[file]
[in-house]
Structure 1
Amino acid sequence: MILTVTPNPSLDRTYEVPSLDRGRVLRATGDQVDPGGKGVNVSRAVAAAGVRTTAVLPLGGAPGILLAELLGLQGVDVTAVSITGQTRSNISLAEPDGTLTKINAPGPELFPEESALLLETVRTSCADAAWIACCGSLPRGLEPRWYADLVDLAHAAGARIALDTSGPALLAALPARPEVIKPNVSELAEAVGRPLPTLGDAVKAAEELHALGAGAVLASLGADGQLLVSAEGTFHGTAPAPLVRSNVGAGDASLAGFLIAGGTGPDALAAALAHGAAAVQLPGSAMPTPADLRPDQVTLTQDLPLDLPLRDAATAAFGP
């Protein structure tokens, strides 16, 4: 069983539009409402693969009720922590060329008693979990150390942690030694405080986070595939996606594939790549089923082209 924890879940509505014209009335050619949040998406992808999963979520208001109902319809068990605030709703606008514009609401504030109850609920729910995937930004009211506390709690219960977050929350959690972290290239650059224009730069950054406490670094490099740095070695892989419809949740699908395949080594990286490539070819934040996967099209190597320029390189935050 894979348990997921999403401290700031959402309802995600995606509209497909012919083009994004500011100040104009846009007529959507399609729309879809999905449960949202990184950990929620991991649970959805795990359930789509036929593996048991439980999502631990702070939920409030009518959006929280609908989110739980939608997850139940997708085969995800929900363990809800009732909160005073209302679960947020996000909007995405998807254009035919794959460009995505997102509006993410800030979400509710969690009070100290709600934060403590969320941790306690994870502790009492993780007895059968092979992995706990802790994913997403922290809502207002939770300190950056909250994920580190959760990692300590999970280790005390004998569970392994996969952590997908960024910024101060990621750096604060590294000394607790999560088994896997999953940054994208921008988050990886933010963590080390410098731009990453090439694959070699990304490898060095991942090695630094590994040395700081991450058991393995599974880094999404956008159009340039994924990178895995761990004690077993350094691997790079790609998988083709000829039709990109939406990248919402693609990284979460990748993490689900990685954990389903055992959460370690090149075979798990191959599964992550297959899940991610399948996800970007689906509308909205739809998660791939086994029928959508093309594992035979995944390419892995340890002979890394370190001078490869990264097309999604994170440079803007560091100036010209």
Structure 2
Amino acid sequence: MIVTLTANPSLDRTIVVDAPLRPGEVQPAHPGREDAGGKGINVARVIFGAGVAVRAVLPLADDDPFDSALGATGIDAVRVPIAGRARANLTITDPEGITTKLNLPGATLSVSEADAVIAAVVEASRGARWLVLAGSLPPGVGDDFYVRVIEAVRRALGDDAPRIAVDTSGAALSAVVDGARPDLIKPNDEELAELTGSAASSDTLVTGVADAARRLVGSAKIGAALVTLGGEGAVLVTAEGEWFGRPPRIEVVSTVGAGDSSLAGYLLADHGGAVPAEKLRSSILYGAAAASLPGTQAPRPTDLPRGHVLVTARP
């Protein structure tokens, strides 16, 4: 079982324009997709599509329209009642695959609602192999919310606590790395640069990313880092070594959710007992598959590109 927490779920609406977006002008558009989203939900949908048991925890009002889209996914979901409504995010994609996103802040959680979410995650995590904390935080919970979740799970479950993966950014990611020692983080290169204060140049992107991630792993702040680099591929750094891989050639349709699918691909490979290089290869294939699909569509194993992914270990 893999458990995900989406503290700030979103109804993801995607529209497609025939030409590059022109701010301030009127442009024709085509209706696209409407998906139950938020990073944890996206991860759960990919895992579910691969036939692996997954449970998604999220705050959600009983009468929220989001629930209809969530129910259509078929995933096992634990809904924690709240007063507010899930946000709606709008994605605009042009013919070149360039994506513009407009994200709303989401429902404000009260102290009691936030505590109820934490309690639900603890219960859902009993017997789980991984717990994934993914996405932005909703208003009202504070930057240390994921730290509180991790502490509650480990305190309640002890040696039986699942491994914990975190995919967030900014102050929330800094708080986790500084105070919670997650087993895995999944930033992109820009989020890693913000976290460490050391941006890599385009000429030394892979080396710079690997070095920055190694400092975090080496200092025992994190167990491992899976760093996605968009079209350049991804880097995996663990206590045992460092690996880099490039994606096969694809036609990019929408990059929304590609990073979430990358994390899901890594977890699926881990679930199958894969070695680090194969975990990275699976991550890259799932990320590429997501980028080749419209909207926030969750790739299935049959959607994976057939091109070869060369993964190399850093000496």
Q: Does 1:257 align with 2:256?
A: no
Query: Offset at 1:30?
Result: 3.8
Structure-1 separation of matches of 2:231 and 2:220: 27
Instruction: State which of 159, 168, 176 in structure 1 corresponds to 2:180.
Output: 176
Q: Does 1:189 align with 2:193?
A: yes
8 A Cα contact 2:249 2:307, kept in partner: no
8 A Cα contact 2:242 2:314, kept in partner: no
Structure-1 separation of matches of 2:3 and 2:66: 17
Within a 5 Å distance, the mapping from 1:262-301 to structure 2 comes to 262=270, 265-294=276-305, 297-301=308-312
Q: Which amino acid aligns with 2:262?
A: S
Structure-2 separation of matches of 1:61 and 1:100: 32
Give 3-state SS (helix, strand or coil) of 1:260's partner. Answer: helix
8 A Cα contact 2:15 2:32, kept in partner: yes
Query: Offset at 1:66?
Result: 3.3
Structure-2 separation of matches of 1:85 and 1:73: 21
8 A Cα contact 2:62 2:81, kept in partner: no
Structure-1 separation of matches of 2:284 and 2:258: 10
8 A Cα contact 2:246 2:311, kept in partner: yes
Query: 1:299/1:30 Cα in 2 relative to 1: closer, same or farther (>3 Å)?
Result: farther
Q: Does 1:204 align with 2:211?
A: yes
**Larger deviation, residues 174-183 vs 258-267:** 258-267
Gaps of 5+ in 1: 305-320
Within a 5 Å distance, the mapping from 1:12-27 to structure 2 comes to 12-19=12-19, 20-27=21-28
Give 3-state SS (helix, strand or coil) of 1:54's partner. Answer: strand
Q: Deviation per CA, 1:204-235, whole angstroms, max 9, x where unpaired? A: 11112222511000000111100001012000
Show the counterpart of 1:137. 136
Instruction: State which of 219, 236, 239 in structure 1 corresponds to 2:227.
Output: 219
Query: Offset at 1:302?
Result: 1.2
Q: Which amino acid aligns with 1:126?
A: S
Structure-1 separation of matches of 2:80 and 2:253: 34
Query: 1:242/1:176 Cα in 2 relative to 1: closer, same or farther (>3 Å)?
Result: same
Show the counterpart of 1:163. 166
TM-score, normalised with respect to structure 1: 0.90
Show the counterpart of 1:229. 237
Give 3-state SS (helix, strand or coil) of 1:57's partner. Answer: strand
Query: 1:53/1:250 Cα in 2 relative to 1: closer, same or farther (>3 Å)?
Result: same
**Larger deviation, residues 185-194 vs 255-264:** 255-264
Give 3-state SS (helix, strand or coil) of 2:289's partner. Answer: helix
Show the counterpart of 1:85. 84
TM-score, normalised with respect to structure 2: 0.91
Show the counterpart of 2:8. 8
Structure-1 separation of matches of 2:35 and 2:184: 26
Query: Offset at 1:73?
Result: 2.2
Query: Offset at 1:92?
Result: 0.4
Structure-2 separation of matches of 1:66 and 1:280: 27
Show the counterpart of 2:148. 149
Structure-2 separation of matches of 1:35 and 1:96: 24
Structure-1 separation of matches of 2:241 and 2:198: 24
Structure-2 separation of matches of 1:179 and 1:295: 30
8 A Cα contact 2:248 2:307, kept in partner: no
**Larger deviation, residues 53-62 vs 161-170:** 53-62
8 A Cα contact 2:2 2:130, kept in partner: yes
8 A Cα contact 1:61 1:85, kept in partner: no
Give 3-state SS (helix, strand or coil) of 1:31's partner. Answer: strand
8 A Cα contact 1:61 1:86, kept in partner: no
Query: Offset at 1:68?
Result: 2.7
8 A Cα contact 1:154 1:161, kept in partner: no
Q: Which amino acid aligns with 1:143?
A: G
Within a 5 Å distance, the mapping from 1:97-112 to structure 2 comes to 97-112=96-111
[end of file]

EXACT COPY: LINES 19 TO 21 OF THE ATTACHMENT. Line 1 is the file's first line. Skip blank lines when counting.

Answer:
Structure-1 separation of matches of 2:3 and 2:66: 17
Within a 5 Å distance, the mapping from 1:262-301 to structure 2 comes to 262=270, 265-294=276-305, 297-301=308-312
Q: Which amino acid aligns with 2:262?